Author Topic: Please avoid these mistakes with your UrWelt editor

Claudius33

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#1121 January 08, 2019, Tuesday, 08:44 pm
Give me a couple of days. RL constraints.

Claudius33

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#1163 January 12, 2019, Saturday, 05:13 pm
Things to keep in mind regarding Electron, NWN2 toolset :

It inherits from Bioware Aurora : 
  • Same scripting language, additional functions
    Same underlying data structure (2da, tlk ...)
It allows import of 3D models from Blender, etc. as the numerous placeable, special effects, sounds, music, clothes, weapons, animations ... provided by the community shows it.

Plug-ins can be added. I didn’t use them but many good plug-ins are available.

UI can be modified / extended.

As a builder I have achieved several large campaigns (>30 hours gameplay) using standard and community provided material.
A campaign is a set of interlinked modules. Global variables (available thru the whole campaign) can be carried by the PC and companions or stored as Global (actually in an xml file).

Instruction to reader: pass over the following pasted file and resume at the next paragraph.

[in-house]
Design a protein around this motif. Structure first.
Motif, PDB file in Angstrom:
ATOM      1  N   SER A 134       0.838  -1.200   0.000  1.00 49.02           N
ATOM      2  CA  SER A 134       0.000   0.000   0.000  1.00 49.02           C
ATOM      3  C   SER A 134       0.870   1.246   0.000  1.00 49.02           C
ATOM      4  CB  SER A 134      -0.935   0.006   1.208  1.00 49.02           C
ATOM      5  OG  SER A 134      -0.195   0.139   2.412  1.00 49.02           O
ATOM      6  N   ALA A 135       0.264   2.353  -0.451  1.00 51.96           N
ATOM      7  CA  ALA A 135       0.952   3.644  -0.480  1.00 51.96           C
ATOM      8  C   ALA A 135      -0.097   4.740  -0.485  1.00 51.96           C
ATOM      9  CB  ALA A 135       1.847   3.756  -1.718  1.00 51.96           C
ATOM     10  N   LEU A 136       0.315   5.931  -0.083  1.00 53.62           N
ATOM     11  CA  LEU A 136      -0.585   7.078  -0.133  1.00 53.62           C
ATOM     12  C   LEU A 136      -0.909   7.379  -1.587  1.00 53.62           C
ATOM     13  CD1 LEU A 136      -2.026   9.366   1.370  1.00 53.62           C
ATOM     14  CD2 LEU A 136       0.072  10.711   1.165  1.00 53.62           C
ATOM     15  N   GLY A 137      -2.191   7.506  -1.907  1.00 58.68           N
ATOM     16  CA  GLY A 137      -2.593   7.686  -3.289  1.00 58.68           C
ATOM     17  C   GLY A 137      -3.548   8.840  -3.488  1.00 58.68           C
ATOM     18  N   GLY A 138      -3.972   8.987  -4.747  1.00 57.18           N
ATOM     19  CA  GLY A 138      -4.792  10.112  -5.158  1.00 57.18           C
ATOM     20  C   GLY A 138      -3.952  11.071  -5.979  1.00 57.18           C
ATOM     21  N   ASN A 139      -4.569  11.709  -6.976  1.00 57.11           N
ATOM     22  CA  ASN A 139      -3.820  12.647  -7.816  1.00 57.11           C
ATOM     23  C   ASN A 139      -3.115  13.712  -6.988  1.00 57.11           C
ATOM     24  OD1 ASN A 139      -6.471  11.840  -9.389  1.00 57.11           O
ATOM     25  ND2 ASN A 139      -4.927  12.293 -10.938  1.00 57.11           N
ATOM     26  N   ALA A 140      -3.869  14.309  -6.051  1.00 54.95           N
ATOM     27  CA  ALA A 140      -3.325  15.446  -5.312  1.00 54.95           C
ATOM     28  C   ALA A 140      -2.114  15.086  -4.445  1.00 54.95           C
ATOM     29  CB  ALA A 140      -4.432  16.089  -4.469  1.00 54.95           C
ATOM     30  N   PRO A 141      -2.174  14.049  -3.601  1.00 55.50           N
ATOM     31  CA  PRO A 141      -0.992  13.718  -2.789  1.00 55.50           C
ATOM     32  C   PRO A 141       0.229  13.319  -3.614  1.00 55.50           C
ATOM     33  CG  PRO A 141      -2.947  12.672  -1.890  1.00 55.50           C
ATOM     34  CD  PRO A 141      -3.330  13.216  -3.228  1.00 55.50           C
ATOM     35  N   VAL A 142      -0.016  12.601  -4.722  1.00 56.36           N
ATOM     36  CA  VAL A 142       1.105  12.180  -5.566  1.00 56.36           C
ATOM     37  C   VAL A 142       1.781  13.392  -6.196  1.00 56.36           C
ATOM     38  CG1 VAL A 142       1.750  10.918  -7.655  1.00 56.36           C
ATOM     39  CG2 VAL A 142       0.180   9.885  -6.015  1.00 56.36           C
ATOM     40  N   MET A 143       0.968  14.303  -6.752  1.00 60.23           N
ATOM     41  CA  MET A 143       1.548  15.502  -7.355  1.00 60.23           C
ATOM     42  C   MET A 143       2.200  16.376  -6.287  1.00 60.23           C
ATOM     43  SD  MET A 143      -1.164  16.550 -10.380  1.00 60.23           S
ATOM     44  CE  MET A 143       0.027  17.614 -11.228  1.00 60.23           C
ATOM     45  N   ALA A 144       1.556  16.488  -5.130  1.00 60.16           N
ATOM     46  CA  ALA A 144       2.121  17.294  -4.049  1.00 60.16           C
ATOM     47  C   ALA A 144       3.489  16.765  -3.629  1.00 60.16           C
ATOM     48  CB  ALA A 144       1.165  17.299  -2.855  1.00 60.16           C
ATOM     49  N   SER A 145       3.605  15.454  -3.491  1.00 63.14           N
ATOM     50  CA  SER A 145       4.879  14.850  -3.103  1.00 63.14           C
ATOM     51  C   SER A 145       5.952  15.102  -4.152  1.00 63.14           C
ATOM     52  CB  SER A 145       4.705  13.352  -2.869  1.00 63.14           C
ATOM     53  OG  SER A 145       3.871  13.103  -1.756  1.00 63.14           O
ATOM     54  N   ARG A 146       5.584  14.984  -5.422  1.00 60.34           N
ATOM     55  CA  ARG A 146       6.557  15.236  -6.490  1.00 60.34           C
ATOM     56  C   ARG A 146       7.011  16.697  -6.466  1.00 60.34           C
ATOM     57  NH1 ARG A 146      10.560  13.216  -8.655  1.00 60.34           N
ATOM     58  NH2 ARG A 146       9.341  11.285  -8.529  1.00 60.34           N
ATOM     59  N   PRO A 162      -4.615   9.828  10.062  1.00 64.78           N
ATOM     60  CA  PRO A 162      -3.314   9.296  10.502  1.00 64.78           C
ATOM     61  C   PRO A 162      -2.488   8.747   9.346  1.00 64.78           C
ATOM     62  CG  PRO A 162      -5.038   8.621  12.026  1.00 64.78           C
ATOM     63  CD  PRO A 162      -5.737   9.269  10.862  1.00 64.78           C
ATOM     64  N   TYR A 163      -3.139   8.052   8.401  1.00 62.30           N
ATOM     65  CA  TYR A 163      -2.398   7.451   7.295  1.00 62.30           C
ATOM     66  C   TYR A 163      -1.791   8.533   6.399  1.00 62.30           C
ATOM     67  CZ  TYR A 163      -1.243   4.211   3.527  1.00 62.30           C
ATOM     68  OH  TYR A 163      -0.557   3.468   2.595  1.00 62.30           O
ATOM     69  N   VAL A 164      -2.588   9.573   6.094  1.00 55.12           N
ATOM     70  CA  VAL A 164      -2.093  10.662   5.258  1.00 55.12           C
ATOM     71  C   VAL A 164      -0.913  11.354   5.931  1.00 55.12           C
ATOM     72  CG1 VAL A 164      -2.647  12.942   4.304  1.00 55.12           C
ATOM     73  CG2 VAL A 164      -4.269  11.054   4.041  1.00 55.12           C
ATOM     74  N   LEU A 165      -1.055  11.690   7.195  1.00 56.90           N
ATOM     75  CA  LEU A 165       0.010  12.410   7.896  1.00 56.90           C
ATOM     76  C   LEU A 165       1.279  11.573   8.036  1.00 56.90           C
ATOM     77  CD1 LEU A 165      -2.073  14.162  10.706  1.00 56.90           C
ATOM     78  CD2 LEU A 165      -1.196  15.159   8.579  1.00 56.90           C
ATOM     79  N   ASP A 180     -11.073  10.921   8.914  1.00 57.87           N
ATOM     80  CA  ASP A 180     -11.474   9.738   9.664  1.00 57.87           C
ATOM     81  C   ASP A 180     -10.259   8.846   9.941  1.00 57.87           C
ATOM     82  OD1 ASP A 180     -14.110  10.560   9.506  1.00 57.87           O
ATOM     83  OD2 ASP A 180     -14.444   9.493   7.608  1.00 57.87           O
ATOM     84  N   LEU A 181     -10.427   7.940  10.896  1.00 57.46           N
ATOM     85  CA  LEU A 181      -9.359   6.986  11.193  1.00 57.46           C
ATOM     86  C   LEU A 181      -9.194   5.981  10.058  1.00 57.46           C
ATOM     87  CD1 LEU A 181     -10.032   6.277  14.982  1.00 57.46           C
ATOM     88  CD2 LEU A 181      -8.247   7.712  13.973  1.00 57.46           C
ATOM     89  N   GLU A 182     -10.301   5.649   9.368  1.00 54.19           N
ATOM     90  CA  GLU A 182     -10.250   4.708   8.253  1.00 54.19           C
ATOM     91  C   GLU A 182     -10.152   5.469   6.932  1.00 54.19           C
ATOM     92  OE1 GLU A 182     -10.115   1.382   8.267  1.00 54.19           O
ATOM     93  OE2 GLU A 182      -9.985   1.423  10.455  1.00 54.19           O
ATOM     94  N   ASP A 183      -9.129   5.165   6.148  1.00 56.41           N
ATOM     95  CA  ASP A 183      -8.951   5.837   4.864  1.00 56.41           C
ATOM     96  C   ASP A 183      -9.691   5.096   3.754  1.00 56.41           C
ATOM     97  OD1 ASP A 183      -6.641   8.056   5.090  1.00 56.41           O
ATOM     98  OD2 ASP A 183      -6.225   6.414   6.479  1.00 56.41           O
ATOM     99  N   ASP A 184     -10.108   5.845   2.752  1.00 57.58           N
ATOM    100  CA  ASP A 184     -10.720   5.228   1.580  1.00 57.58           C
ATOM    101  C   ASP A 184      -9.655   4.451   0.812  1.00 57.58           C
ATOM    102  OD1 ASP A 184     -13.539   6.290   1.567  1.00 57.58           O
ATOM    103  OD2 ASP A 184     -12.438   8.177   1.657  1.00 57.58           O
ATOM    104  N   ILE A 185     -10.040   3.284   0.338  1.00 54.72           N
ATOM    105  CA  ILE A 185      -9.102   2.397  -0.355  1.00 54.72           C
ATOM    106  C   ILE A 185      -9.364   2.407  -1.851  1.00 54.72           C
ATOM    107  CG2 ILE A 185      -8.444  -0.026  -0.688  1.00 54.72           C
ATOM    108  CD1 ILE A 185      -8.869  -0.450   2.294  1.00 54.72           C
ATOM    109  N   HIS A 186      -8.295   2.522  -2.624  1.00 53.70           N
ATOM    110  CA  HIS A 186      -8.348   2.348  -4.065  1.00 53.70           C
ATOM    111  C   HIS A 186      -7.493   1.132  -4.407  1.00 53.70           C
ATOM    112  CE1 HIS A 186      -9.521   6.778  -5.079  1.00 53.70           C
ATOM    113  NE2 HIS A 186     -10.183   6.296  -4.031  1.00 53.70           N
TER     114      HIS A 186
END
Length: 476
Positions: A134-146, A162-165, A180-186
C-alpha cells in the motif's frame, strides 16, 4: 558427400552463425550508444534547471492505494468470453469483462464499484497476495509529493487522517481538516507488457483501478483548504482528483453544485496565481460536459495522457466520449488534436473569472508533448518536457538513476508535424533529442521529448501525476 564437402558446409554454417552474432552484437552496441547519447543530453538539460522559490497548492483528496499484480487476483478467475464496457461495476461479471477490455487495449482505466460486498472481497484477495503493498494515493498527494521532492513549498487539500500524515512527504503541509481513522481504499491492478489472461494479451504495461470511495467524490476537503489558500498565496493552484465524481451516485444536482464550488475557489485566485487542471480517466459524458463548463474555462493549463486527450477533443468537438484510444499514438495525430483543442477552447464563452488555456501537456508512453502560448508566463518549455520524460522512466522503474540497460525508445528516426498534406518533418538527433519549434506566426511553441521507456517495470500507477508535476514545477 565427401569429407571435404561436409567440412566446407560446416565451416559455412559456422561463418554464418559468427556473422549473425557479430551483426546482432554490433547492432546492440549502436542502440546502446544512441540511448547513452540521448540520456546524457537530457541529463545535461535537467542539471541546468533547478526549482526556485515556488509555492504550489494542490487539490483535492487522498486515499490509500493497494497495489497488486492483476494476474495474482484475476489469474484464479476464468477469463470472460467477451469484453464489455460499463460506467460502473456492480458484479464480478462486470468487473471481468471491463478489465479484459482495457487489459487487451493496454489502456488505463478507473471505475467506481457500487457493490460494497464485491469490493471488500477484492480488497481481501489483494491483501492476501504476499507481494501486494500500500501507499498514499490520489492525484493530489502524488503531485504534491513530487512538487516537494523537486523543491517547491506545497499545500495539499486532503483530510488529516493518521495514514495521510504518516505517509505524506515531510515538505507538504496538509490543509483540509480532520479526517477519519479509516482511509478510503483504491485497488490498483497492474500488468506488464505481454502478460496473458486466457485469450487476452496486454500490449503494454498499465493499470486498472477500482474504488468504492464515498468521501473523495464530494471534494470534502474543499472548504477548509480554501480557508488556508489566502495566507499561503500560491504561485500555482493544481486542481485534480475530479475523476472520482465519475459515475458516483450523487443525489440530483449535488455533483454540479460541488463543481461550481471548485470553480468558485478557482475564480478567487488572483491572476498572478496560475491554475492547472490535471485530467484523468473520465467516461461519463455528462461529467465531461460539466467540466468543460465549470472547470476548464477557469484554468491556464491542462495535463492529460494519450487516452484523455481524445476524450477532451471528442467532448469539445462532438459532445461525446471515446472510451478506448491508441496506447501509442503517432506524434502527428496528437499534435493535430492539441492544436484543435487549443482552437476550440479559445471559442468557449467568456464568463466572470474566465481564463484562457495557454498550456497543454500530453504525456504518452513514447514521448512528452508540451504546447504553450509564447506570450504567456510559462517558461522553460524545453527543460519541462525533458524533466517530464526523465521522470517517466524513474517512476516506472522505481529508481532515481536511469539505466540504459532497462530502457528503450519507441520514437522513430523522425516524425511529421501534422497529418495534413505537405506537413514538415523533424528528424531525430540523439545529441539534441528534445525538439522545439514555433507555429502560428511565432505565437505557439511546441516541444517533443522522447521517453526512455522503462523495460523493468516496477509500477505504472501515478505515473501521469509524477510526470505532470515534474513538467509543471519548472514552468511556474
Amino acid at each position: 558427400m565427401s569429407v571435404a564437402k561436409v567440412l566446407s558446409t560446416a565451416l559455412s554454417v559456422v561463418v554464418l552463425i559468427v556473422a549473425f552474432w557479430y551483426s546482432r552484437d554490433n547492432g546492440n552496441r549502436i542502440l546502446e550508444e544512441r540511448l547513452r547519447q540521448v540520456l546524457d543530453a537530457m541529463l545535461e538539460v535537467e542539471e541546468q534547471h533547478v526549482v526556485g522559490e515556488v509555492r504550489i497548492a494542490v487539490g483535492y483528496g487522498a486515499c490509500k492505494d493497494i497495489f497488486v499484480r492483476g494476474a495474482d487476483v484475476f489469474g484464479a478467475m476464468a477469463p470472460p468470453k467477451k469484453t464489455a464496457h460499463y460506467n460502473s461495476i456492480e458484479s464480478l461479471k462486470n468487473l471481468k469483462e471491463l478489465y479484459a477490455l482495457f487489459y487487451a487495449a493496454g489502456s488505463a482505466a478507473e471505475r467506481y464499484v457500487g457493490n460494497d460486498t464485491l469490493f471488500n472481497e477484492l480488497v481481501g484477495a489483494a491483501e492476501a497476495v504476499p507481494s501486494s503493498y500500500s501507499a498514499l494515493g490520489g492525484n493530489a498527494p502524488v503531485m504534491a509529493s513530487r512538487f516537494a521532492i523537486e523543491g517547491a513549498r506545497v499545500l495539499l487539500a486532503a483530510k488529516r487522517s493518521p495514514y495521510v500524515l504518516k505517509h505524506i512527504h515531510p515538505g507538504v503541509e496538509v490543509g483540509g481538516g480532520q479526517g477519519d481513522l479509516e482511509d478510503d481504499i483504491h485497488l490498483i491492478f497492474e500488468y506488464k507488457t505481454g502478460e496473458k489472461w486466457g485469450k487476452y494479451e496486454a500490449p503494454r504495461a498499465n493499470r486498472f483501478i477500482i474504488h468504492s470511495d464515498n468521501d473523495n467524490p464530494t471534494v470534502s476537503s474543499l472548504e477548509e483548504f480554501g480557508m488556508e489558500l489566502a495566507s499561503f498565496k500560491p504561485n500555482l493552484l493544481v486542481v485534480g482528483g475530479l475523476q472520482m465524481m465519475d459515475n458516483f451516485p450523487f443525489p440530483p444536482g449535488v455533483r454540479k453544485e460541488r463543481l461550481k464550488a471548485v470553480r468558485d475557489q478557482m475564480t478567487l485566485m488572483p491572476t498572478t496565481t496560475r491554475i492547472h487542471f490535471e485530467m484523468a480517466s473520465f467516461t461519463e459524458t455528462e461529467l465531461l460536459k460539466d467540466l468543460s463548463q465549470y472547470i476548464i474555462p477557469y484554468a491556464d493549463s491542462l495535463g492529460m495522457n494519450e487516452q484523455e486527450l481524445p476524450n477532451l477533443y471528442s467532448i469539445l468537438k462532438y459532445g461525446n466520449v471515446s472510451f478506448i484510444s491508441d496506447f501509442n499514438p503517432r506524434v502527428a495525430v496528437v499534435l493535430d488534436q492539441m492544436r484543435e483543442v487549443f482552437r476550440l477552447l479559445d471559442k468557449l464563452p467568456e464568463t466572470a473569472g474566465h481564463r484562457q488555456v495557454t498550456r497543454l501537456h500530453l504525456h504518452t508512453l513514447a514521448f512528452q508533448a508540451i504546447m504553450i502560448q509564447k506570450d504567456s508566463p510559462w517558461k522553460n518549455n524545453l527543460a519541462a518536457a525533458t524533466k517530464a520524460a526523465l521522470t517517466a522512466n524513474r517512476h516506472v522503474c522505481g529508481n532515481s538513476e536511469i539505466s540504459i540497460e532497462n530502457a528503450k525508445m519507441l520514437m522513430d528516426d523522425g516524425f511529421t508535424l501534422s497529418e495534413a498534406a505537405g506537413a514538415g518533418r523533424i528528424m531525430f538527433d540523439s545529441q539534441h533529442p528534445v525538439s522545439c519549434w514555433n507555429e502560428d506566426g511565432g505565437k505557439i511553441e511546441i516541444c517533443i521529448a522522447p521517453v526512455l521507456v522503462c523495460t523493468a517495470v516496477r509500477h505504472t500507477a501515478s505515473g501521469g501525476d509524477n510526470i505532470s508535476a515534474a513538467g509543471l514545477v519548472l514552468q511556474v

Companions can be controlled by the player, henchmen not (as NWN1). Companions are available thru the whole campaign, henchmen only in their module.
A party of 6 (PC + 5 companions) is perfectly manageable. I was able to let the player dynamically choose classes/races of companions while they retain their personality. So, the player could tailor his party.

I made solo campaigns only so I can’t comment the multiplayer side. I am a story teller, scripter and map designer and can’t really comment 3D modelling, sounds, etc.

Map editor: very powerful.  You can easily achieve nice looking areas, 3D, lights, water … However, the learning curve is rather steep, IMO. You can easily manage waypoints, doors, locking, creatures' positions and patrols and associate scripts to events of creatures, placeable, areas, modules such as OnDamage, on Death, on Heartbeat, onEnterConnexion, on Exit ...
 
Script language (C# syntax type): powerful, you can achieve many things, dynamical spawns of creatures, placeables, spell effects, etc. … You can have your own spells or events. Many standard scripts are provided.
Variables:  standard (byte, integer, float, string) + vector (1D) and structure. Variables can be attached to a creature, a module, an area, a placeable, a waypoint, a door, or an I point. They do the job.

Conversation editor: IMO the  strongest point. Neat presentation. Each node of convo can be collapsed or developed for a better view. Each line of the conversation can be conditioned (by one or many scripts combined by logical operators), each line can call one or many scripts. In addition, recorded voices, lips movements can be set if relevant. Moreover, the locutor and interlocutor can be set for each line, allowing companions or NPCs to take part in the convo in addition to the PC and the main locutor. The conversation editor is powerful enough to build cutscenes.